First, coming from both the tradition of the Classical Epic (Homer's Iliad and Odyssey, Virgil's Aeneid, Apollonius Rhodius's Argonautica, Tasso's Jerusalem Delivered, Ariosto's Orlando Furioso, and Milton's Paradise Lost) and that of the so-called "Heroic Epic" (the popular or folk epics) of the Middle Ages: Beowulf, Roland, El Cid, Niebelungenlied, Volsungasaga, etc.) the "Roll Call of Heroes" or "Catalogue of Heroes" is a well-recognized convention of the epic form. Famous in the Iliad is the catalogue list of the various warriors of the Greeks and how many men and ships they each brought to Troy. I believe that Howard is simply using this technique -- commonly attested and utilized in heroic/epic literature to form the foundation of his lists of heroes on, first the Celtic, then the Saxon side. He gives us precise numbers like Homer and other epic writers often do. The "numbering of the hosts" is a fairly common convention in the epic genre.
Rusty notes that Howard's poem is, in meter and rhyme pattern nothing like Chesterton's White Horse. As a matter of fact, Howard's poem is NOT a ballad in the true sense at all (While it could be argued that Chesterton diverges from the traditional ballad himself, his 4, 5, or 6 liners are much more in keeping with the accentual and rhyming sequences of the ballad).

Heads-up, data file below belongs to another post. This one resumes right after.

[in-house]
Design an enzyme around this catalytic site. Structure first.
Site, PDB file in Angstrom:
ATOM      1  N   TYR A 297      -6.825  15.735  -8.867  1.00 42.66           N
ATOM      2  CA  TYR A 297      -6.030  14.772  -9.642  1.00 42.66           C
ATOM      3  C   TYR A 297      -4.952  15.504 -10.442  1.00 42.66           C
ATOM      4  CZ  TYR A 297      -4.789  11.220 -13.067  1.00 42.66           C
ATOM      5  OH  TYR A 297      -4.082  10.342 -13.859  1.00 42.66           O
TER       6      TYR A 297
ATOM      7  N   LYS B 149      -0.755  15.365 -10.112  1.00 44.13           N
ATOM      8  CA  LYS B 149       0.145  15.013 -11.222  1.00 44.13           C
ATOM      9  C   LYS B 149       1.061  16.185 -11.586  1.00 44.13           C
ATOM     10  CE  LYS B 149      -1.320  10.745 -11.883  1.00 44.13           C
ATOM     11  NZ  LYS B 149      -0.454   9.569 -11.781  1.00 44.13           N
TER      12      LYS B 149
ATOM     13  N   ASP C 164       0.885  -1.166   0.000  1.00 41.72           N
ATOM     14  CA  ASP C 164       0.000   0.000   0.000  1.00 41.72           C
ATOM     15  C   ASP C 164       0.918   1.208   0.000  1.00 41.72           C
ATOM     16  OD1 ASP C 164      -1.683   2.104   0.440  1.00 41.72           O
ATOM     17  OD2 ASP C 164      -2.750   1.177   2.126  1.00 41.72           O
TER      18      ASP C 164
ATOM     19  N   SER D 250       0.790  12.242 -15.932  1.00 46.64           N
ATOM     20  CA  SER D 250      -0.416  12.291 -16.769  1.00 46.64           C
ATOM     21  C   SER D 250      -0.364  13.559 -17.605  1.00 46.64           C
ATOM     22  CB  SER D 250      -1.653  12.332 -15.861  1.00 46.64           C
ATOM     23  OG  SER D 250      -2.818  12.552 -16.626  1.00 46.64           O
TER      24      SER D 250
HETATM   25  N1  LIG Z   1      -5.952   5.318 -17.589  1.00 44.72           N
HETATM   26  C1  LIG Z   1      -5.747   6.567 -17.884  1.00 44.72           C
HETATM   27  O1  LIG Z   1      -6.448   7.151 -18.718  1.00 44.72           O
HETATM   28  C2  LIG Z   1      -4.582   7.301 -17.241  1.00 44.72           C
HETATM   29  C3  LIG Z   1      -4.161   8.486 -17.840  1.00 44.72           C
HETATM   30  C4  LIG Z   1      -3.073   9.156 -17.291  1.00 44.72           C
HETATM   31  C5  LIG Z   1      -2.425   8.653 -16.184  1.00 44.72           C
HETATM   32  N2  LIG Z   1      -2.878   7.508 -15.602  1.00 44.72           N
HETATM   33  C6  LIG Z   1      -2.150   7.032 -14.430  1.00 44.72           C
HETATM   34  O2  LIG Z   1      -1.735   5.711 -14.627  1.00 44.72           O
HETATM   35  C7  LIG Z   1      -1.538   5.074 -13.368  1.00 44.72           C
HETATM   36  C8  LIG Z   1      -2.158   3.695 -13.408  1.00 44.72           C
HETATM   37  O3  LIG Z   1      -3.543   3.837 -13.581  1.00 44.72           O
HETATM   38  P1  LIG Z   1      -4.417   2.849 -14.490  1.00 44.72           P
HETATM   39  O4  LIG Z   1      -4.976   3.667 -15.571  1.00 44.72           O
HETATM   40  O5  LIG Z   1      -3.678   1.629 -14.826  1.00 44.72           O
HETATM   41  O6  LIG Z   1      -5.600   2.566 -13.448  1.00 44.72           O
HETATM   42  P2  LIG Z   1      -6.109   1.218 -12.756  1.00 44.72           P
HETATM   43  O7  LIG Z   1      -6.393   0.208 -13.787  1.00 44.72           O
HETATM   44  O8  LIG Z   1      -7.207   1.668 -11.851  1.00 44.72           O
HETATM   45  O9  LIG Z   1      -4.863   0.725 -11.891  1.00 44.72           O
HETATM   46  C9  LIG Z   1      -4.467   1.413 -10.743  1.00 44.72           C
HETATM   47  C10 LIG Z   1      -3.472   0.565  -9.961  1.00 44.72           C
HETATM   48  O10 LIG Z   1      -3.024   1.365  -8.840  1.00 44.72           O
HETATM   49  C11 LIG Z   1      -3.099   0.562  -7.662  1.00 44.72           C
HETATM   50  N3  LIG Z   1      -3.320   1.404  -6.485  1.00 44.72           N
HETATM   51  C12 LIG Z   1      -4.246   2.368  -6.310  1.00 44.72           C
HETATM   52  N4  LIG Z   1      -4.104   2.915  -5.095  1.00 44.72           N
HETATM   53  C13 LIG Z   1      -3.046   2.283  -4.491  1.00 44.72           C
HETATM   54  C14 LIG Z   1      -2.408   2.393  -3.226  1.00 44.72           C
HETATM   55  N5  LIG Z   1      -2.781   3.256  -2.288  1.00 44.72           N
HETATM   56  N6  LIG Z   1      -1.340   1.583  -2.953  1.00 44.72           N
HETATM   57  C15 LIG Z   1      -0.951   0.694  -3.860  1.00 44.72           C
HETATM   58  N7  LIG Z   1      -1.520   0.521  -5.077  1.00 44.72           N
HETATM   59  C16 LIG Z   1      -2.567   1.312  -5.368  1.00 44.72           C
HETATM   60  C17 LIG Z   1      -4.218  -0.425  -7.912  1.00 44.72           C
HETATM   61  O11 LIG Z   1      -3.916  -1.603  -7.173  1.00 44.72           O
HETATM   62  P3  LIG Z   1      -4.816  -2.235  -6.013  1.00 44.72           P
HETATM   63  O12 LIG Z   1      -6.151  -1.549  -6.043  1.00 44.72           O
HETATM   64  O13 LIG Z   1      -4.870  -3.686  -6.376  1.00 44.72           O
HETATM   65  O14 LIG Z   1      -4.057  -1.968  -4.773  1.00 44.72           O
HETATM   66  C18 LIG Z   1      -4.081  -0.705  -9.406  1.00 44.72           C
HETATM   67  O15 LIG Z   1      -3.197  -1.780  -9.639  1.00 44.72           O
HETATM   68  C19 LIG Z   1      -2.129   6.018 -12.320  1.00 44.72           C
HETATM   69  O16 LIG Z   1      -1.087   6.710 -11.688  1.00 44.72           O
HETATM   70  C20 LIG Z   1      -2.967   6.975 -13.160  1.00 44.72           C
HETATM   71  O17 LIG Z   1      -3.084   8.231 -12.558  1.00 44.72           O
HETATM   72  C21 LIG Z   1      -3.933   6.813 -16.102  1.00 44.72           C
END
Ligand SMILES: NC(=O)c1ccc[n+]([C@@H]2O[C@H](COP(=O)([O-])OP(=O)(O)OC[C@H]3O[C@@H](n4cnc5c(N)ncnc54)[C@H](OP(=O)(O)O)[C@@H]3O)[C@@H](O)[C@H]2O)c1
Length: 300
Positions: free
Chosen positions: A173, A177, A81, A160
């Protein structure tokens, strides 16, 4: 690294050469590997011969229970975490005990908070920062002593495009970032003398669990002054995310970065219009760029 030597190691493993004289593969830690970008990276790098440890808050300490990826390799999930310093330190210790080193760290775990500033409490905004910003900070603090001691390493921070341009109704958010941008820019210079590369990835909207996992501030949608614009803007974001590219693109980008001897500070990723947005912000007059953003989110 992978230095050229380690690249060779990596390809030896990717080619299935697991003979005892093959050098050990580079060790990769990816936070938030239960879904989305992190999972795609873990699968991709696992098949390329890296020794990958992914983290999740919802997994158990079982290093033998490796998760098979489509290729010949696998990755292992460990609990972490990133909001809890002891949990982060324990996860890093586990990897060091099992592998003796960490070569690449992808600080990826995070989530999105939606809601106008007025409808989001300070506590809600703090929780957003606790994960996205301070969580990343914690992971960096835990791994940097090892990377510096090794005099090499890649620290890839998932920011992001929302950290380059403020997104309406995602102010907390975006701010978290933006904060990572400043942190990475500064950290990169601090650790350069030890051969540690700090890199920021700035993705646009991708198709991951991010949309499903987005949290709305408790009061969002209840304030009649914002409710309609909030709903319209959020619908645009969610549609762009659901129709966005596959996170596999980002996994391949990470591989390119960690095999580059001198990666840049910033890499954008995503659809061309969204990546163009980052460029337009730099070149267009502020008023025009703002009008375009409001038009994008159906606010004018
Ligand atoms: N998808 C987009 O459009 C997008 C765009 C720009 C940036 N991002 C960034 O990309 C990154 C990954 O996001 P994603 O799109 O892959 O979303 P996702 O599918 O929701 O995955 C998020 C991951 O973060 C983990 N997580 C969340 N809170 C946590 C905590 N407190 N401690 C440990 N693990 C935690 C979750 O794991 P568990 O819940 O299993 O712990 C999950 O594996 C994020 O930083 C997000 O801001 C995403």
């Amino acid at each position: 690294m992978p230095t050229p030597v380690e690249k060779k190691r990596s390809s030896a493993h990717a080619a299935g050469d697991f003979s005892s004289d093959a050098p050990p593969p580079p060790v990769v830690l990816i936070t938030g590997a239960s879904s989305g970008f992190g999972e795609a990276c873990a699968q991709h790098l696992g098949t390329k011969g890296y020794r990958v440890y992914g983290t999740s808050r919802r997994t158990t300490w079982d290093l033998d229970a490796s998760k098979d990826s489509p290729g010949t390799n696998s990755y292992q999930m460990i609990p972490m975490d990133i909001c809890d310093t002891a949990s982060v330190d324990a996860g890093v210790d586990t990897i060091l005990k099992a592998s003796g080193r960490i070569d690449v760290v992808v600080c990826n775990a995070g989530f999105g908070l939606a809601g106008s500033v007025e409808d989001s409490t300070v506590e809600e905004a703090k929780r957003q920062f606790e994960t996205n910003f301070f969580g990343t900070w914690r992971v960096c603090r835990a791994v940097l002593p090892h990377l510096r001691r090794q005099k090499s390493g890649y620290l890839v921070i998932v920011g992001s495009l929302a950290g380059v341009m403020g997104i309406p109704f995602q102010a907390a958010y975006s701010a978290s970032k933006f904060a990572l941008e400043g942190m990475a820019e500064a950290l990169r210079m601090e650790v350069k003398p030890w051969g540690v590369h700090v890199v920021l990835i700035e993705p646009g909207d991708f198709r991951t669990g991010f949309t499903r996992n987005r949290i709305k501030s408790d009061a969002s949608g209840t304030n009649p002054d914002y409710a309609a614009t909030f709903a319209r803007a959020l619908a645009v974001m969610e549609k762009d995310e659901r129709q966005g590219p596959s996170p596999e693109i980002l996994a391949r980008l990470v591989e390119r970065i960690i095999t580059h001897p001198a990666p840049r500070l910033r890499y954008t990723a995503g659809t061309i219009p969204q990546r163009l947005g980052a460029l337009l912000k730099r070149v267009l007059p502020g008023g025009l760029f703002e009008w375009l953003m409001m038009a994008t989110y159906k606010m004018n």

Howard uses stanzas of various length but rhymed in 4-beat couplets consistently (with the occasional triplet for variation). This is actually much more consistent with the patternings of the French epic, The Song of Roland -- which also includes MANY explicit one-on-one detailed battle scenes, each as a separate contest given in a single stanza, which is the general pattern of Howard's presentation of battle sequences in his poem.
Here is a sequence of Howard's The Ballad of King Geraint:
Nial smote on the pagan horse
Quenching his ivory-hilted sword
In the first and best of the Saxon blood,
The red horse raged through the clashing flood.
Ceorl and eorl and chief went down
With rended breast or cloven crown.
Aella the chieftain of the Tyne,
He clove through the shoulder and the spine.
He hacked his way to Geraint's side
Where the heathen brake like a broken tide.
Nor faltered Turlogh of Connacht;
Red the destruction that he wrought.
His red sword shore through breast and brain,